In the Flow
Jonathan Males writes
In the Flow takes what I’ve learned about performance psychology over the years and presents it in a practical, accessible format. Although the book is illustrated with lots of examples from canoeing, the content is relevant for all sports and for anyone interested in improving their performance.
Section 1 begins by understanding self-confidence, the single most important factor for success and enjoyment in sport, as it is in most fields of human endeavor. I describe how self-confidence flows from the four Psychological Fundamentals of Mastery Motivation, Decision Making, Execution and Teamwork. They are called fundamentals in the same way that edge control, balance, rotation and timing are essential physical aspects of paddling. Understanding and developing the Fundamentals makes the connection between what happens inside your head and how you perform. The Fundamentals develop naturally with experience but I provide specific skills and exercises that you and your coach or sport psychologist can use to increase your capability and speed up your learning in each area.
Section 2 has six chapters that each address a theme and show how the psychological Fundamentals help performance.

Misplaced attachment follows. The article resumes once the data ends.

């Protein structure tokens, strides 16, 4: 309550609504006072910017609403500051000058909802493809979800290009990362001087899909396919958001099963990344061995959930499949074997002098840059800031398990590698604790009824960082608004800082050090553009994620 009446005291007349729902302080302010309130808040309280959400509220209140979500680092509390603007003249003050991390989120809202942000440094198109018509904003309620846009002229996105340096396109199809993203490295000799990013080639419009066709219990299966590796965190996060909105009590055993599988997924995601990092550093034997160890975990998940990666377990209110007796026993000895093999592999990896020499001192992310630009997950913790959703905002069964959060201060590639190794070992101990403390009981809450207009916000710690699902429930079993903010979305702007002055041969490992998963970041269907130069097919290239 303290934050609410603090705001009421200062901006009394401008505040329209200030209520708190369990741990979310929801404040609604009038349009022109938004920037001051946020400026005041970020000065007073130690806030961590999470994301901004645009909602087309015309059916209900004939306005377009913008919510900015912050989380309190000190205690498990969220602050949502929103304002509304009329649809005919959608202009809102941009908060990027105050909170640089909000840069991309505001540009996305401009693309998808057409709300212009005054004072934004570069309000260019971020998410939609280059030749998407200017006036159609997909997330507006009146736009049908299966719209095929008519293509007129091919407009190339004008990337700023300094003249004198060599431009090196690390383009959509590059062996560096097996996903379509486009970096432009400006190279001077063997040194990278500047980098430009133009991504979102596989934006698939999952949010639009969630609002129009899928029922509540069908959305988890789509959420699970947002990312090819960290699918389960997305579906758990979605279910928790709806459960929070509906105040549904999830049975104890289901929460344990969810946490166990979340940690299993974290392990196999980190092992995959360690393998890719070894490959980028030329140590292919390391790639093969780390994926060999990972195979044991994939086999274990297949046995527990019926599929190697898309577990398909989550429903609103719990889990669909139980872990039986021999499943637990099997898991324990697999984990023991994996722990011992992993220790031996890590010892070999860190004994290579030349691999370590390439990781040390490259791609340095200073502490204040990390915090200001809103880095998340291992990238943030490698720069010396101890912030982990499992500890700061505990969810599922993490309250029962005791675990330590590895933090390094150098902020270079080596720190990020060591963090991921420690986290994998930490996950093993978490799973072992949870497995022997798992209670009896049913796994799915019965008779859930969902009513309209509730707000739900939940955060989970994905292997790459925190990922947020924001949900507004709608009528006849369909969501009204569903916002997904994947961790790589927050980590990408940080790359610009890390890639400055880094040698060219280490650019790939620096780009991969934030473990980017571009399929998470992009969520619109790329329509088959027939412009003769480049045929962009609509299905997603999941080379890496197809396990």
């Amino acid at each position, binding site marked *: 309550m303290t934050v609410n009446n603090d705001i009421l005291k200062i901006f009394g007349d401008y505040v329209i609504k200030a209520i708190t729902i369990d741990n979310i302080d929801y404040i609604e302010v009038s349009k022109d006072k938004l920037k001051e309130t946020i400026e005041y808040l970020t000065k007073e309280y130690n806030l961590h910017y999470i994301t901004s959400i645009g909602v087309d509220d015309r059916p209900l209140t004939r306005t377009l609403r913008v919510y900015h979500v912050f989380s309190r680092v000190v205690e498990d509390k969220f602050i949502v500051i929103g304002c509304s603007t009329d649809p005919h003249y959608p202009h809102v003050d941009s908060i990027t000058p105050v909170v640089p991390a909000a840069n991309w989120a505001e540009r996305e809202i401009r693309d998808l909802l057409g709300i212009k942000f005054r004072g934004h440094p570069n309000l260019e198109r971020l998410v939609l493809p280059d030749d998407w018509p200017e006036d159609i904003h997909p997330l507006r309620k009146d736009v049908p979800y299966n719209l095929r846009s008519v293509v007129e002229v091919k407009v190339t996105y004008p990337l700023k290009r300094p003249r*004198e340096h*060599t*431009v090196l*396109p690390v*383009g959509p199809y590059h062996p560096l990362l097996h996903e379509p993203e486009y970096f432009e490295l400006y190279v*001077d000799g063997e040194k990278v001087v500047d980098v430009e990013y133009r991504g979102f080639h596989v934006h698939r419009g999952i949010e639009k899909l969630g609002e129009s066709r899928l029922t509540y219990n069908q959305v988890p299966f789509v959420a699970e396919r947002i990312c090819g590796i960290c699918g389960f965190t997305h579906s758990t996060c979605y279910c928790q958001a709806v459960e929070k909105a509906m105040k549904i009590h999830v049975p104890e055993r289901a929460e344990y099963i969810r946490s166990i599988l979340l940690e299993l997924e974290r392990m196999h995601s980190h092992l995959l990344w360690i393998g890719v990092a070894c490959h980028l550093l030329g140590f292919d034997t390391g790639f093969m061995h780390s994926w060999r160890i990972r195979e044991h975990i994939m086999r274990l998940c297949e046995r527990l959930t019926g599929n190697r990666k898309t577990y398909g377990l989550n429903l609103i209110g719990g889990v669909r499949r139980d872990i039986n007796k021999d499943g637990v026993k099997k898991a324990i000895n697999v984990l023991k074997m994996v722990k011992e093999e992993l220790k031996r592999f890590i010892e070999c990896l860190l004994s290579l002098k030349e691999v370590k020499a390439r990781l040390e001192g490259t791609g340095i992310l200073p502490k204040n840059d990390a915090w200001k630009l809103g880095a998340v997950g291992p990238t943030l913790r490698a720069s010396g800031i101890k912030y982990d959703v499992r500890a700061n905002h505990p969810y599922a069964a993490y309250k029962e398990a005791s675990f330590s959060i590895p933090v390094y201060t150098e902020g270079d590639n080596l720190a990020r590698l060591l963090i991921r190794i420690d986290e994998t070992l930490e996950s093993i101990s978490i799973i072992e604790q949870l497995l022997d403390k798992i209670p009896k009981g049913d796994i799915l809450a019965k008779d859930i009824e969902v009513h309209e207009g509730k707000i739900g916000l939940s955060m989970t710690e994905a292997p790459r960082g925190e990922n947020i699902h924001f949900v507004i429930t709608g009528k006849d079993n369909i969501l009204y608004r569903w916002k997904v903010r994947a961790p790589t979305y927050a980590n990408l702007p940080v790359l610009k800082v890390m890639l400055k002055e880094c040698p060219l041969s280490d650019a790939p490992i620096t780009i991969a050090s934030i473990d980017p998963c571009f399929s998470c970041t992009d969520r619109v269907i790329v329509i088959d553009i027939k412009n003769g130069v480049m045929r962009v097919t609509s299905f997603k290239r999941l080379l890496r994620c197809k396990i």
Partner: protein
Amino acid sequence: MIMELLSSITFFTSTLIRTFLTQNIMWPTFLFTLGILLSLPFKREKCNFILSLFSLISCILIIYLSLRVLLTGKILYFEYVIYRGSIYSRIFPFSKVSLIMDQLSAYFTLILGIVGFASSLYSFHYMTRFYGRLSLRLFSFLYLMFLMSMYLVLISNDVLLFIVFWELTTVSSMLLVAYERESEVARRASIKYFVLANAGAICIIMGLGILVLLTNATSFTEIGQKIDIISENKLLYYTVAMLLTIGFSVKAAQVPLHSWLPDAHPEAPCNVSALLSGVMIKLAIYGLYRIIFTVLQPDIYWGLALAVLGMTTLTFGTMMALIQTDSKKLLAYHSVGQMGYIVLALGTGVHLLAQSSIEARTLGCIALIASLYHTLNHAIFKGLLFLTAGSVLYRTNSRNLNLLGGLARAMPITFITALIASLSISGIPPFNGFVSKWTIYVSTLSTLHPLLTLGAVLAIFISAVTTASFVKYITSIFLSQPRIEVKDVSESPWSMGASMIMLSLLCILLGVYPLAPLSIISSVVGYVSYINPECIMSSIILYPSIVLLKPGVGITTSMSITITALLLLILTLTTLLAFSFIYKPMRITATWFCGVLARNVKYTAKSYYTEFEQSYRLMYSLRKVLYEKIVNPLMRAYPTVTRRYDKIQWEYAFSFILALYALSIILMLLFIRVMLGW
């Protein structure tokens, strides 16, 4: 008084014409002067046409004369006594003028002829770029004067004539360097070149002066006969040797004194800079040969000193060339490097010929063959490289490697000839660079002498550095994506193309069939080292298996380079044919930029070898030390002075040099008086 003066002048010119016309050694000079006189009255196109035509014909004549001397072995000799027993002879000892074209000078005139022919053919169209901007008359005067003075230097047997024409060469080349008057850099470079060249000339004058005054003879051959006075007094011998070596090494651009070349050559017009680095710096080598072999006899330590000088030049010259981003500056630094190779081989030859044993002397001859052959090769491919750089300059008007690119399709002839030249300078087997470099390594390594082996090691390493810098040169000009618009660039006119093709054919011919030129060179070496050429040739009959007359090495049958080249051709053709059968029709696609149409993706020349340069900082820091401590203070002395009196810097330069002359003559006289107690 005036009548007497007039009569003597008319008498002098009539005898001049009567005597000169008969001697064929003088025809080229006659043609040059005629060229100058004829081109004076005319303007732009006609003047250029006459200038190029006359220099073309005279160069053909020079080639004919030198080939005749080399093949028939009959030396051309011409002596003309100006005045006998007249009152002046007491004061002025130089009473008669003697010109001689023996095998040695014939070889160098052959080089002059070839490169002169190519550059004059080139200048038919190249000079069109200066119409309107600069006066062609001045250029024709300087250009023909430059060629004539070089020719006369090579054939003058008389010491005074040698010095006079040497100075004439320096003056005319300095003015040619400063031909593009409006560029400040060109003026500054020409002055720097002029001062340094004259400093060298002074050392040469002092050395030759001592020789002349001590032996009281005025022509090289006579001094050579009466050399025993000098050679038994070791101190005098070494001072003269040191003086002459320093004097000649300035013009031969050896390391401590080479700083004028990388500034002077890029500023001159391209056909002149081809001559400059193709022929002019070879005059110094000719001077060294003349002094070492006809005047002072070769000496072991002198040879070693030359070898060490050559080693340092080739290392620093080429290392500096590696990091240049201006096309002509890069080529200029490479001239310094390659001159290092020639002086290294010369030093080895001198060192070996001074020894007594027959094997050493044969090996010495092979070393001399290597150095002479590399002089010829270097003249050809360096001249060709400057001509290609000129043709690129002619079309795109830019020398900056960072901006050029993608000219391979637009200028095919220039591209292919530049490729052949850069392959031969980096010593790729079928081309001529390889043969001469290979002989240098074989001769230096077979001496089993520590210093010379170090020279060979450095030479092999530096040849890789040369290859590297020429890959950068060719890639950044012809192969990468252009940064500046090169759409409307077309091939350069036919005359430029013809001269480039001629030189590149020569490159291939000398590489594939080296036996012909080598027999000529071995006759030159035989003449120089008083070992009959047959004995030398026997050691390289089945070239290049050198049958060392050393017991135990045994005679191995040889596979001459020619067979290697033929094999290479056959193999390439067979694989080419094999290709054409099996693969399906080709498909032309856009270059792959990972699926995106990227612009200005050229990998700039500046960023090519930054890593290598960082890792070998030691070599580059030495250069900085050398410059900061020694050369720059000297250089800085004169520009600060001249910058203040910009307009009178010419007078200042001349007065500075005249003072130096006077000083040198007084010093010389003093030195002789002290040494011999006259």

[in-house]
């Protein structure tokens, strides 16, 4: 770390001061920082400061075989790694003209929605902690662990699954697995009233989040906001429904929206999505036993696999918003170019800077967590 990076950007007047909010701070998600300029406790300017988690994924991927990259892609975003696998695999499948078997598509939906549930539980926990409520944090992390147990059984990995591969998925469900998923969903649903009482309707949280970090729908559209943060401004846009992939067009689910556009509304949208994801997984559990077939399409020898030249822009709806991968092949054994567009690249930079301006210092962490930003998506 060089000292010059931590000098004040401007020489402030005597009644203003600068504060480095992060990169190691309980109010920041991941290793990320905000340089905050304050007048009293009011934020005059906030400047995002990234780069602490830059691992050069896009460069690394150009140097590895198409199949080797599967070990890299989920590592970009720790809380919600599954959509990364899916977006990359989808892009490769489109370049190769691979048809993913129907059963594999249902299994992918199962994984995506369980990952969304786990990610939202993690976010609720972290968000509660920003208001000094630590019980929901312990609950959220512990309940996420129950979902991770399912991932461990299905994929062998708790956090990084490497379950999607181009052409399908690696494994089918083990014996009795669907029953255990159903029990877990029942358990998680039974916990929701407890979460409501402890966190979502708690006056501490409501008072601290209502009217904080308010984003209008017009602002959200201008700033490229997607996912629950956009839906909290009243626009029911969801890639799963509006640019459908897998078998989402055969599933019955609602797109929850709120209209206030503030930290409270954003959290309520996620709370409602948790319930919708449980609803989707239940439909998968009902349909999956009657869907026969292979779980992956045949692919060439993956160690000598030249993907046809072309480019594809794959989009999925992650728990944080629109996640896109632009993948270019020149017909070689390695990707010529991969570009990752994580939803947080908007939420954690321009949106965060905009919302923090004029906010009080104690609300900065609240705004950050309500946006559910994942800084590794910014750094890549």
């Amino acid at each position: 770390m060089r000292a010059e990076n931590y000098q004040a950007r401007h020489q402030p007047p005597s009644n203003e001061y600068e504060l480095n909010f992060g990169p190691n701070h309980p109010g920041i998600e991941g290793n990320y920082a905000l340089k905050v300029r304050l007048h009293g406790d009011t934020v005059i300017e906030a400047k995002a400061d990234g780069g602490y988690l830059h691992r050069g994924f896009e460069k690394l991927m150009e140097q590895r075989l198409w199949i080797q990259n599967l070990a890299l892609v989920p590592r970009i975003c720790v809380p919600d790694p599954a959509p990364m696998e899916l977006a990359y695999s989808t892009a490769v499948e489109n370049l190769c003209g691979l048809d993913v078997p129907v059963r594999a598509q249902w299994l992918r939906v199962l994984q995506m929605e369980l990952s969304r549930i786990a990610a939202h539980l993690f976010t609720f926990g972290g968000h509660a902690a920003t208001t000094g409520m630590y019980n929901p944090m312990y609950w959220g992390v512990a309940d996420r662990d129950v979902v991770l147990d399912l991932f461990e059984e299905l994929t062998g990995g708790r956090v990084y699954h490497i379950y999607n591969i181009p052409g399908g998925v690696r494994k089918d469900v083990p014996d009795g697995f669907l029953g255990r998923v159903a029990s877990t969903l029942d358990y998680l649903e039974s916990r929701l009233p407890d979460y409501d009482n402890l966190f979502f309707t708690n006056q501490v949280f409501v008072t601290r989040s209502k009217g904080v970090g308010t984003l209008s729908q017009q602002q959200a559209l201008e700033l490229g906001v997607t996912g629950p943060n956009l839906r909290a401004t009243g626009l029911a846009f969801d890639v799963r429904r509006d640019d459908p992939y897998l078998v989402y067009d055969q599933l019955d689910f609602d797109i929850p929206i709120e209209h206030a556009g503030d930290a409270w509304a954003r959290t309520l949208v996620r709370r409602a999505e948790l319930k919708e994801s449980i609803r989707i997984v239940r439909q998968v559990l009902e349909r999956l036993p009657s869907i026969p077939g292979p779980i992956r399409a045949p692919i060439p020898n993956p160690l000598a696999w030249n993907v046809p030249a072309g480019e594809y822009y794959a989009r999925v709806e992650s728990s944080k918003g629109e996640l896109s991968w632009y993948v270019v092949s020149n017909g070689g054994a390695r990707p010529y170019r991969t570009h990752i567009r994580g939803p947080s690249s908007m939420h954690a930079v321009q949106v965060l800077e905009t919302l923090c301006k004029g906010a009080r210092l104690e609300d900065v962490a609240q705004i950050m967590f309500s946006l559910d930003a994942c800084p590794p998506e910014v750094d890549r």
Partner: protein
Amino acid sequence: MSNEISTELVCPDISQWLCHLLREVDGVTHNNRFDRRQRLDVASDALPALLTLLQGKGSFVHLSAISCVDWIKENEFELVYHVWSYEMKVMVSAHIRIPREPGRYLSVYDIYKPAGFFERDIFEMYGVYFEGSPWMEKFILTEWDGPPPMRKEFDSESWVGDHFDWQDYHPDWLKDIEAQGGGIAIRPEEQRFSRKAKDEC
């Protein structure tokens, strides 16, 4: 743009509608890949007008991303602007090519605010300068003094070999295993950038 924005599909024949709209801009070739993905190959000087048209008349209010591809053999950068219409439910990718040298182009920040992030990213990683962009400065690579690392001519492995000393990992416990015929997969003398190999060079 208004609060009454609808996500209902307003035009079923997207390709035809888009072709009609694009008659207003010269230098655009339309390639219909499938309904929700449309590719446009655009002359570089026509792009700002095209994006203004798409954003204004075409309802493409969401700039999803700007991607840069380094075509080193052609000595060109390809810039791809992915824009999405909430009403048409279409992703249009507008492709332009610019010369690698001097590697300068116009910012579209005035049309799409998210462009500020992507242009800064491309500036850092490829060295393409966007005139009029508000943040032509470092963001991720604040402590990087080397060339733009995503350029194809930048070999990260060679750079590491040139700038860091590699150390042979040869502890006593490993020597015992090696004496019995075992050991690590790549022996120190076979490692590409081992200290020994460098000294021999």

There’s a chapter on competition that’s relevant for slalom, extreme racing, sprint, marathon, ocean racing and freestyle, with real examples from top paddlers and coaches. This will help you develop your own personalized Performance Demand Model and a race day plan to guide you successfully through your event.
The next chapter explores whitewater paddling and shows how the psychological fundamentals are just as relevant when you’re sitting at the top of a waterfall as when you are on a start-line. I look at risk and decision-making, and how to maintain or rebuild confidence after a bad experience.
Chapter 8 tackles women in paddling. I was asked to write this by a young man I met paddling with his girlfriend. He was puzzled and frustrated by his girlfriend’s behavior on the river, so I’ve interviewed some outstanding women paddlers to get their advice and also reviewed the research on the psychological differences between men and women.
Chapter 9, Paddling with young people, will be especially relevant if you’re a parent or coach. I explain how young people’s thinking, feeling and motivation can change through their teenage years and into young adulthood, and what you can do to help them stay engaged and positive.
Next, I look at canoeing over a lifespan and the psychological transitions at different stages of life. I show that some real gifts emerge with maturity that mean you can get as much, or more, satisfaction from paddle-sports as the youngsters.
Finally, Chapter 11 closes with some reflections about what the natural environment and the wilderness has to offer for your mental and spiritual health.